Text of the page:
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Walking Tour of Public Outdoor Art in the Loop

Works by Picasso, Chagall and others adorn the Second City
id_211076
Difficulty: Easy
Length: 2.6 miles
Duration: Half day
Family Friendly

Overview:  Chicago is famous for its iconic architecture, but it's quickly gaining a worldwide reputation for its iconic public art as well.

The... more »

Tips:  This tour highlights the main art installations along the walk. But take your time and look around. Art is big in Chicago. The facades... more »

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Points of Interest

Installed in Daley Plaza in 1967, this nameless sculpture by Pablo Picasso is the granddaddy of Chicago's public art scene.

In the rare event a Chicago sports team is doing well, look for the Picasso to sport a team hat as kids slide down its surface. (Just a warning: This is a dark metal sculpture. It gets very, very hot on summer days. Test... More

2. Miro's 'Chicago'

Tucked in an alcove in front of the Cook County Administration building, this sculpture by Spanish artist Joan Miro is made of steel, wire mesh, concrete, bronze and ceramic tile.

The city's guide to public art says, "The bell-shaped base draws the viewer’s gaze downward, symbolizing Miro’s association of the female form with the earth. The... More

This is one of Chicago's happiest pieces of public art. It sits in the courtyard of the Chase Bank building, a popular lunch spot with nearby office workers who spread out on the steps to catch a few rays and maybe listen to a free concert on a warm day.

Spend some time looking at the mural to pick out each of the six Chicago scenes the artist... More

4. Calder's 'Flamingo'

This expansive sculpture adorns Federal Plaza, a common site for public demonstrations against U.S. government policies.

Its curvaceous whimsy sits in contrast to the stark Mies van der Rohe-designed U.S. Post Office and federal buildings that surround it.

The city's public art guide says, "Alexander Calder’s abstract stabile anchors the... More

5. 'The Flight of Daedalus and Icarus'

This mosaic hovers over the doorway of 120 N. LaSalle, the street that serves as the beating heart of Chicago's financial district. As you walk north on LaSalle, look behind you to see the Chicago Board of Trade at the south end of LaSalle. The CBOT is the world's oldest futures and options exchange, where future prices on grains and products are ... More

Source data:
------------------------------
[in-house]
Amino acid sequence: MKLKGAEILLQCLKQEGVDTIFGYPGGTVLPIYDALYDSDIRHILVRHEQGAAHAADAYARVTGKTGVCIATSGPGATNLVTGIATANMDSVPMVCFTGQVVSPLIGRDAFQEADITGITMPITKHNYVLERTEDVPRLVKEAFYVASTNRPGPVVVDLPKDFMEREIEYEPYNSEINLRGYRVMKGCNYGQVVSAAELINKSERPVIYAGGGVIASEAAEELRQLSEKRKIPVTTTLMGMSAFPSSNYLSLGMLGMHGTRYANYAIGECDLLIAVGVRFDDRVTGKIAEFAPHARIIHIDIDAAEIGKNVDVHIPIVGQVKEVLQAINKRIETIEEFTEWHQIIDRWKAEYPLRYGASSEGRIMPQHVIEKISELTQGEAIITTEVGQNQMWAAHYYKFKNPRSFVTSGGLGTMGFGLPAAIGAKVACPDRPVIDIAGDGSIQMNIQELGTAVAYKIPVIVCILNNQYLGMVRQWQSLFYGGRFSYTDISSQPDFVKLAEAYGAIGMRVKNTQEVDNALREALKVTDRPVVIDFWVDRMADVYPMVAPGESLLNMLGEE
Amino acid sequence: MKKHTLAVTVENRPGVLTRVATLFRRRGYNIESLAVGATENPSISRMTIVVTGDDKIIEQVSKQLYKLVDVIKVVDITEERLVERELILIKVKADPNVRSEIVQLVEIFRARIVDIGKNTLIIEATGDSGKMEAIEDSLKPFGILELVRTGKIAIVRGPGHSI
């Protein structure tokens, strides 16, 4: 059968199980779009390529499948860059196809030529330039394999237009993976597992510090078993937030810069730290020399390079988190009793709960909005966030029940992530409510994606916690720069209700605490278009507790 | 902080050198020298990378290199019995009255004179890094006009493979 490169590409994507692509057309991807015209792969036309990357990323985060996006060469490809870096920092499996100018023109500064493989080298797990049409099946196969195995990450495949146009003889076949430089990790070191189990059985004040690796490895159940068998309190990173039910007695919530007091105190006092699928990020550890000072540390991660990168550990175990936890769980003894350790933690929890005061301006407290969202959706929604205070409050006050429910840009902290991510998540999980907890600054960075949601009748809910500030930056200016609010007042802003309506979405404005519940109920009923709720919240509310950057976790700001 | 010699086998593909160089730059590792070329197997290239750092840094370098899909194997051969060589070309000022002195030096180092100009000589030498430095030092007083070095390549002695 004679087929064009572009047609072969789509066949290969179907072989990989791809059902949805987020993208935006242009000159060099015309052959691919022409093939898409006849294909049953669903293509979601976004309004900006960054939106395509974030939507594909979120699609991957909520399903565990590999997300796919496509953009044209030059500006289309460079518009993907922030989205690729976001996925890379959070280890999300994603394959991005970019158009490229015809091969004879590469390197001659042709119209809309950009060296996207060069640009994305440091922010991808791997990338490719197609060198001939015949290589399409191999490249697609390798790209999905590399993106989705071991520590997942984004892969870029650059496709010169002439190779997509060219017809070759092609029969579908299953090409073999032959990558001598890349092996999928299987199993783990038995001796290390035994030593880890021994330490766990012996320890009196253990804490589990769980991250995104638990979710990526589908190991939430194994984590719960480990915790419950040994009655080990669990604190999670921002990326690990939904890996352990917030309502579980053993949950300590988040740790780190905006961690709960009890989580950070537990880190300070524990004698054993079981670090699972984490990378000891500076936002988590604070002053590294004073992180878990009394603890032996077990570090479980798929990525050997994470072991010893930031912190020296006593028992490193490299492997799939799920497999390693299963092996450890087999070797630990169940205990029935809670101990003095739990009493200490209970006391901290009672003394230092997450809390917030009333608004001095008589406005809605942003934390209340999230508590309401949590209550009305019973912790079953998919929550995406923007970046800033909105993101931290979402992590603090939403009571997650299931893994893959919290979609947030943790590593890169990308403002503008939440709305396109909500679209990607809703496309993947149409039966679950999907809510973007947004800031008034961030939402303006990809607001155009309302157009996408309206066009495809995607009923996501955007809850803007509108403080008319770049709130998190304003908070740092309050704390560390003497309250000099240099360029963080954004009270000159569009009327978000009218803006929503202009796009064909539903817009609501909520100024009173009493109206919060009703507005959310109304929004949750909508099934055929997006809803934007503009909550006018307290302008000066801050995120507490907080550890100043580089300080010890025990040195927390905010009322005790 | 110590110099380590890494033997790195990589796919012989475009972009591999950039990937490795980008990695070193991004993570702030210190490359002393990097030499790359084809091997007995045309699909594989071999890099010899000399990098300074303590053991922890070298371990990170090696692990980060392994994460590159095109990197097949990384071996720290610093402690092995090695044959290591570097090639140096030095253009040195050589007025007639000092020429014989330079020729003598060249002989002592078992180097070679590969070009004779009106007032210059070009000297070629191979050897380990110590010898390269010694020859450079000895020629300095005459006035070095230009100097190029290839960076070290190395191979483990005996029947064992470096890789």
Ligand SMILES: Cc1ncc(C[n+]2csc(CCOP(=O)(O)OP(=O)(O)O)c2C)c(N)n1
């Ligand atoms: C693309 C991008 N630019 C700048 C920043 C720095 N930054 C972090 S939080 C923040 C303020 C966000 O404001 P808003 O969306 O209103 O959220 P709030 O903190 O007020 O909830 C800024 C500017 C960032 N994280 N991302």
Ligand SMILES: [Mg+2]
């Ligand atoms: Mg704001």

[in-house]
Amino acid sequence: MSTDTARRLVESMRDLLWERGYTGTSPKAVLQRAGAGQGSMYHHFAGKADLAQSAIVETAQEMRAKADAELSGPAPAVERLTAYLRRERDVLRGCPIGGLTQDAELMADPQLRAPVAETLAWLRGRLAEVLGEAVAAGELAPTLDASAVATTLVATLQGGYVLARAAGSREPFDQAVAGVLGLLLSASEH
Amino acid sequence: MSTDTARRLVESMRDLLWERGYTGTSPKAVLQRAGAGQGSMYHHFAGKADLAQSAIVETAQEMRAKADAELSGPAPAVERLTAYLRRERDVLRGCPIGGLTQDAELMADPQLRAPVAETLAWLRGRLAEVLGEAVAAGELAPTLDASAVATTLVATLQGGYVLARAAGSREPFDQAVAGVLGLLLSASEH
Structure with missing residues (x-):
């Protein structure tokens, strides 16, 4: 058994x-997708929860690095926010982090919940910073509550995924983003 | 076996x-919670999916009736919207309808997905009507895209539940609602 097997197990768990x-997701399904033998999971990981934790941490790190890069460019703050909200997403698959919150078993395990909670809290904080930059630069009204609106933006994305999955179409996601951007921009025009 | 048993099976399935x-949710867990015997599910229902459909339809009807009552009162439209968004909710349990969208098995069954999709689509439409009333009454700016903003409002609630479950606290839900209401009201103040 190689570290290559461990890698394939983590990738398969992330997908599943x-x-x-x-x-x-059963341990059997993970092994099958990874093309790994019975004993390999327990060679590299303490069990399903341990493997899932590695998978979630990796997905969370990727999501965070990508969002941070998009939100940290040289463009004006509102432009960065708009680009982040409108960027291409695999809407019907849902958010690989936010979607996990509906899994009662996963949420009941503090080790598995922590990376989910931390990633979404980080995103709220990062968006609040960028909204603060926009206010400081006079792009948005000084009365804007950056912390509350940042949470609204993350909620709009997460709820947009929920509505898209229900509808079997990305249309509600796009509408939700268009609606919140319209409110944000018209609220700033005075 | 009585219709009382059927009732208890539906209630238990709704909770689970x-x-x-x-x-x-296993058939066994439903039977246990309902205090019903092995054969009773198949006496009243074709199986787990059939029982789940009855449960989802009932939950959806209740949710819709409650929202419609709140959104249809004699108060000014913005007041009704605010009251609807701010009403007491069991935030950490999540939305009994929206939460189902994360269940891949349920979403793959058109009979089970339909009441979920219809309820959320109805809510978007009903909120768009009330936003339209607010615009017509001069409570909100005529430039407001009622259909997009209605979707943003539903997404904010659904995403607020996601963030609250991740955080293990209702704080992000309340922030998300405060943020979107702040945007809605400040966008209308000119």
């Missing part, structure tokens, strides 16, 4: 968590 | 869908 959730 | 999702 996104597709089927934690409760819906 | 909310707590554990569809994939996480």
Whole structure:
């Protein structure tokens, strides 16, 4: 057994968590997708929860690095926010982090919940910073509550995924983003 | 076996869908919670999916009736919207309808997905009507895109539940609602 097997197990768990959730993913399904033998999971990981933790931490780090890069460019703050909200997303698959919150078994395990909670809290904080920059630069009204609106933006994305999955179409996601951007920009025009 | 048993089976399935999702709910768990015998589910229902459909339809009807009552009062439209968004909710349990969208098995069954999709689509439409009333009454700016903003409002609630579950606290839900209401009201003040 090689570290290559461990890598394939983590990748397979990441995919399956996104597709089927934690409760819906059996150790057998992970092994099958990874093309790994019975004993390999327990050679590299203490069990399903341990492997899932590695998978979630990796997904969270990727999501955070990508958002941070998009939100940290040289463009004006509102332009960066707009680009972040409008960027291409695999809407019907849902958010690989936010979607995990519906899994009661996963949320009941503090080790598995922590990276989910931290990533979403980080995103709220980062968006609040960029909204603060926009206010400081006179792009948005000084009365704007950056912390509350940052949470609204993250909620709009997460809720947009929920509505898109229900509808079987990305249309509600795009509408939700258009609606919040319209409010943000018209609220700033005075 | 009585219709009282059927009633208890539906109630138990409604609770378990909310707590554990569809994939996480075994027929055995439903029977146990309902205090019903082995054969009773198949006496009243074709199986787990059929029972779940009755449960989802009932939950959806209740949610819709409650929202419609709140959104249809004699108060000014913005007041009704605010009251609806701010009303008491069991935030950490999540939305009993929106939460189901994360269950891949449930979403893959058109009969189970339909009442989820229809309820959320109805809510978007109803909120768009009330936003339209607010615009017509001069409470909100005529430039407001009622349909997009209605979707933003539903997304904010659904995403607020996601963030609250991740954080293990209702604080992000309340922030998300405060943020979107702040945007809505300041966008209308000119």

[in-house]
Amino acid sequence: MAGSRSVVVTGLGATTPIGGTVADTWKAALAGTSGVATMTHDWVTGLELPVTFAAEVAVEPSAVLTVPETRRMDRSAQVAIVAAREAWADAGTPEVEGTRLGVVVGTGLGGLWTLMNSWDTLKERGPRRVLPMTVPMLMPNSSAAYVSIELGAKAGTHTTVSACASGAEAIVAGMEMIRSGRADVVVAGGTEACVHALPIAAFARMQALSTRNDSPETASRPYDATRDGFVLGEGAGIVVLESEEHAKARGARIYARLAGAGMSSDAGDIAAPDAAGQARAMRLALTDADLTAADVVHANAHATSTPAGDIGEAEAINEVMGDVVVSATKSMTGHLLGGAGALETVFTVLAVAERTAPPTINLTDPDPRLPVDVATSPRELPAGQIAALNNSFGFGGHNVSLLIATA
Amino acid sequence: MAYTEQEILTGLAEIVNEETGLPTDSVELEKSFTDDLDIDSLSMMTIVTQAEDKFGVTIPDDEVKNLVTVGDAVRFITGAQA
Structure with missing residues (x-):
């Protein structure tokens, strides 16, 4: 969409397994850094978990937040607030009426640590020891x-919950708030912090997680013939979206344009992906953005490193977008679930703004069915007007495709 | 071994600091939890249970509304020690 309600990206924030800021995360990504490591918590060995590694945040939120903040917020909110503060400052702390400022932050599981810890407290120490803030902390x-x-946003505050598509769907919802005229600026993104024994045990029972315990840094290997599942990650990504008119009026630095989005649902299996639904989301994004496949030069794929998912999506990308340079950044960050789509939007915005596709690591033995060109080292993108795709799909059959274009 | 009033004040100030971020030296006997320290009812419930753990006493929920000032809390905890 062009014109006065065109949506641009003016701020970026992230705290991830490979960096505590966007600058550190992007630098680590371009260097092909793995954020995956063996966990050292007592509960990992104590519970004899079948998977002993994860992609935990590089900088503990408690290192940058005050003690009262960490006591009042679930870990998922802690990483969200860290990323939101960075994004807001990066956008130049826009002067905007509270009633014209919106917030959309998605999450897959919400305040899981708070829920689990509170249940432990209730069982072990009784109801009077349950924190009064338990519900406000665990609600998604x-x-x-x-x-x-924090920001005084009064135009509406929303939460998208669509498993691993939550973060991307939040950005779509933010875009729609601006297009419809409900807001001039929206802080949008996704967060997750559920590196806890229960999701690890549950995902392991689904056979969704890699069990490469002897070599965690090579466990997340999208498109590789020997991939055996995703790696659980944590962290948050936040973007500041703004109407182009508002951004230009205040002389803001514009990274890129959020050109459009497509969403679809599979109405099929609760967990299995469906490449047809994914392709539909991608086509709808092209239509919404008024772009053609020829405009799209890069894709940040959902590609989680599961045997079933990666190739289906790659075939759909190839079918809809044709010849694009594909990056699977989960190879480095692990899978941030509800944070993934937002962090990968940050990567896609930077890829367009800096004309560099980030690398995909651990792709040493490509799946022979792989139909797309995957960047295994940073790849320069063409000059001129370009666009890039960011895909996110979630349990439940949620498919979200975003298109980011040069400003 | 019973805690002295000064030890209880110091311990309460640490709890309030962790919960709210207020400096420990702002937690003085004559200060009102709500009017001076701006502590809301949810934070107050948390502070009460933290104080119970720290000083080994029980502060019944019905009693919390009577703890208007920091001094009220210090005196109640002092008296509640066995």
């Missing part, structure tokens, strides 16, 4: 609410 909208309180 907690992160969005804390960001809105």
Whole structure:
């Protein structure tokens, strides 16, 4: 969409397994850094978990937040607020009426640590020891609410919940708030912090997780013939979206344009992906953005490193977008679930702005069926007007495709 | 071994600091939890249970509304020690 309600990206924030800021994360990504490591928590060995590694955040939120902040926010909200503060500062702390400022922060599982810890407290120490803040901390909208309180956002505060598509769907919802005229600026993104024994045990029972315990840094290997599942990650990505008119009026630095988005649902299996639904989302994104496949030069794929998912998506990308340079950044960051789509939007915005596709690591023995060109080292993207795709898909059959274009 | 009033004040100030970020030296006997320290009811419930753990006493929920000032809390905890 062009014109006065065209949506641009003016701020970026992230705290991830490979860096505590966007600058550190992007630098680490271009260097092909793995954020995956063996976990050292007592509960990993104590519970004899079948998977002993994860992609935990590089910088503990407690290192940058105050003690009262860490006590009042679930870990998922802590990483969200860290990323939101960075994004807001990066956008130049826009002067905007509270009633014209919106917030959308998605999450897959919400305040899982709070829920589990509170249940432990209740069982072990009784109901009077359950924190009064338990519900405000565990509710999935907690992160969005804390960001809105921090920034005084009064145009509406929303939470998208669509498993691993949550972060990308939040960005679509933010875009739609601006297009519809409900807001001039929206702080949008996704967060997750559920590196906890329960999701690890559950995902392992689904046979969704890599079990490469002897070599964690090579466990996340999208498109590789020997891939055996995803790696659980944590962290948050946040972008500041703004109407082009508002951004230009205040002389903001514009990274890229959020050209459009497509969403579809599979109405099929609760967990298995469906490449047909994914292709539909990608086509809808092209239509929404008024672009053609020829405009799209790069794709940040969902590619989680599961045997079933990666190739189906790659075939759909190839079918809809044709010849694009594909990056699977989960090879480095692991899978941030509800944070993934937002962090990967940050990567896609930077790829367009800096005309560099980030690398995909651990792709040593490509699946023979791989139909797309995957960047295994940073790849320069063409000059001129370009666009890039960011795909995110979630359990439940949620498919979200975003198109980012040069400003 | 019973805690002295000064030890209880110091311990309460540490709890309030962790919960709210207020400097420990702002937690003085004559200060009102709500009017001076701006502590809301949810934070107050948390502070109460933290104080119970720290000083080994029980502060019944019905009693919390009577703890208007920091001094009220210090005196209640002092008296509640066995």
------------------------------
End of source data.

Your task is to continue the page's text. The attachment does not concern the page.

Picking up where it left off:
This fiberglass sculpture by Jean Dubuffet was derided by locals for its Snoopy-like (a cartoon dog character) look when it was installed in 1984 in front of the modern building that houses Illinois state government, the James R. Thompson Center.

The city art guide says, "Jean Dubuffet felt a special affection for Chicago, home to one of... More

7. Irv Kupcinet Memorial

A relatively rare traditional bronze sculpture, this piece by Preston Jackson honors Irv Kupcinet, a legendary newspaperman in a legendary newspaper town.

The city's public art guide says, "Preston Jackson’s over–life-size sculpture of Irv Kupcinet is a contemporary example of figurative art, sensitively created for and sited in a... More

The bridge houses of the Chicago River are adorned with their own symbolic artwork.

From the city's public art guide: "The sculptural relief panels on each of the four bridge-houses celebrate Chicago’s early history. 'The Discoverers' portrays French explorers Louis Jolliet and Jacques Marquette, and René Robert Cavalier-Sieur de... More

This park is a tour in itself. But as you walk south along Michigan Avenue notice a few of its most famous installations.

"Cloud Gate," or "The Bean," as it is affectionately known by locals, was created by Anish Kapoor. It's made of stainless steel and weighs more than 110 tons. And it's great for taking the family photo... More

There's certainly plenty of art inside this world-class museum, but there's plenty of art outside as well, including the two lions that guard the front steps.

The sculptures by Edward Kemeys have graced Michigan Avenue since 1894. Their poses are similar, but not identical. When Chicago sports teams are winning, look for the lions to wear a team... More

This is not a public art stop, but it only requires a short walk across the Chicago River for a close-up look at the Neo-Gothic Chicago Tribune facade.

Before construction began, Col. Robert McCormick, the paper's legendary publisher, dispatched correspondents to the far corners of the world to acquire (ask for or steal, depending on the version... More